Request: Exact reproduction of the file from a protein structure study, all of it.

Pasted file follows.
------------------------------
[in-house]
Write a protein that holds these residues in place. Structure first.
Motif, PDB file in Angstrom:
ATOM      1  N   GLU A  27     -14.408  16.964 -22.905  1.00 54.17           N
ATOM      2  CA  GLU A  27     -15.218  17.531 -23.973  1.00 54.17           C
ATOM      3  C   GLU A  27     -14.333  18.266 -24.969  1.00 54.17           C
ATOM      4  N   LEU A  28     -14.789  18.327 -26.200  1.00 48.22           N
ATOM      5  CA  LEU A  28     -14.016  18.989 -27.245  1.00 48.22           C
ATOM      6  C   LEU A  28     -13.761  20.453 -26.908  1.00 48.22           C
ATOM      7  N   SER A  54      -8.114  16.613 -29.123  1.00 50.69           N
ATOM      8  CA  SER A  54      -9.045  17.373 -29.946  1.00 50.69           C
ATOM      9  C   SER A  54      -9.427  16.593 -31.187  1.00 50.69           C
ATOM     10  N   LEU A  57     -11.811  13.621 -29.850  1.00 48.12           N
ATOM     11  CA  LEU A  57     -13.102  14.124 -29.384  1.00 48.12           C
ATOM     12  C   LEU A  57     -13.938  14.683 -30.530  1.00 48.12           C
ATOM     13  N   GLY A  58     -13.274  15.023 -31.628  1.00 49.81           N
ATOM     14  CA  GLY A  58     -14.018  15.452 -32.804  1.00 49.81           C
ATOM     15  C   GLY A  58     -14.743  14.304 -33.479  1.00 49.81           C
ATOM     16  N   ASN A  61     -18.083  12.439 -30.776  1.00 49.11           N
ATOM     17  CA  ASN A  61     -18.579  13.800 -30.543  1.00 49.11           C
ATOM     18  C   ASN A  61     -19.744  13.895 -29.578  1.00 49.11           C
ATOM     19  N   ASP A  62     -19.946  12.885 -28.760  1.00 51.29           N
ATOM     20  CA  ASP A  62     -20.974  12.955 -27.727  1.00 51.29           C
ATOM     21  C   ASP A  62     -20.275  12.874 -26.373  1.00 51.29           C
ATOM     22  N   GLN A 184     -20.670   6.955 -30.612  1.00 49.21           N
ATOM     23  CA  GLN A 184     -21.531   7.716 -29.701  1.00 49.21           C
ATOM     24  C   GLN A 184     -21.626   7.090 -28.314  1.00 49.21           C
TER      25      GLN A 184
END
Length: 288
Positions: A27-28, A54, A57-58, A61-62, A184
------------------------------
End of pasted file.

[in-house]
Write a protein that holds these residues in place. Structure first.
Motif, PDB file in Angstrom:
ATOM      1  N   GLU A  27     -14.408  16.964 -22.905  1.00 54.17           N
ATOM      2  CA  GLU A  27     -15.218  17.531 -23.973  1.00 54.17           C
ATOM      3  C   GLU A  27     -14.333  18.266 -24.969  1.00 54.17           C
ATOM      4  N   LEU A  28     -14.789  18.327 -26.200  1.00 48.22           N
ATOM      5  CA  LEU A  28     -14.016  18.989 -27.245  1.00 48.22           C
ATOM      6  C   LEU A  28     -13.761  20.453 -26.908  1.00 48.22           C
ATOM      7  N   SER A  54      -8.114  16.613 -29.123  1.00 50.69           N
ATOM      8  CA  SER A  54      -9.045  17.373 -29.946  1.00 50.69           C
ATOM      9  C   SER A  54      -9.427  16.593 -31.187  1.00 50.69           C
ATOM     10  N   LEU A  57     -11.811  13.621 -29.850  1.00 48.12           N
ATOM     11  CA  LEU A  57     -13.102  14.124 -29.384  1.00 48.12           C
ATOM     12  C   LEU A  57     -13.938  14.683 -30.530  1.00 48.12           C
ATOM     13  N   GLY A  58     -13.274  15.023 -31.628  1.00 49.81           N
ATOM     14  CA  GLY A  58     -14.018  15.452 -32.804  1.00 49.81           C
ATOM     15  C   GLY A  58     -14.743  14.304 -33.479  1.00 49.81           C
ATOM     16  N   ASN A  61     -18.083  12.439 -30.776  1.00 49.11           N
ATOM     17  CA  ASN A  61     -18.579  13.800 -30.543  1.00 49.11           C
ATOM     18  C   ASN A  61     -19.744  13.895 -29.578  1.00 49.11           C
ATOM     19  N   ASP A  62     -19.946  12.885 -28.760  1.00 51.29           N
ATOM     20  CA  ASP A  62     -20.974  12.955 -27.727  1.00 51.29           C
ATOM     21  C   ASP A  62     -20.275  12.874 -26.373  1.00 51.29           C
ATOM     22  N   GLN A 184     -20.670   6.955 -30.612  1.00 49.21           N
ATOM     23  CA  GLN A 184     -21.531   7.716 -29.701  1.00 49.21           C
ATOM     24  C   GLN A 184     -21.626   7.090 -28.314  1.00 49.21           C
TER      25      GLN A 184
END
Length: 288
Positions: A27-28, A54, A57-58, A61-62, A184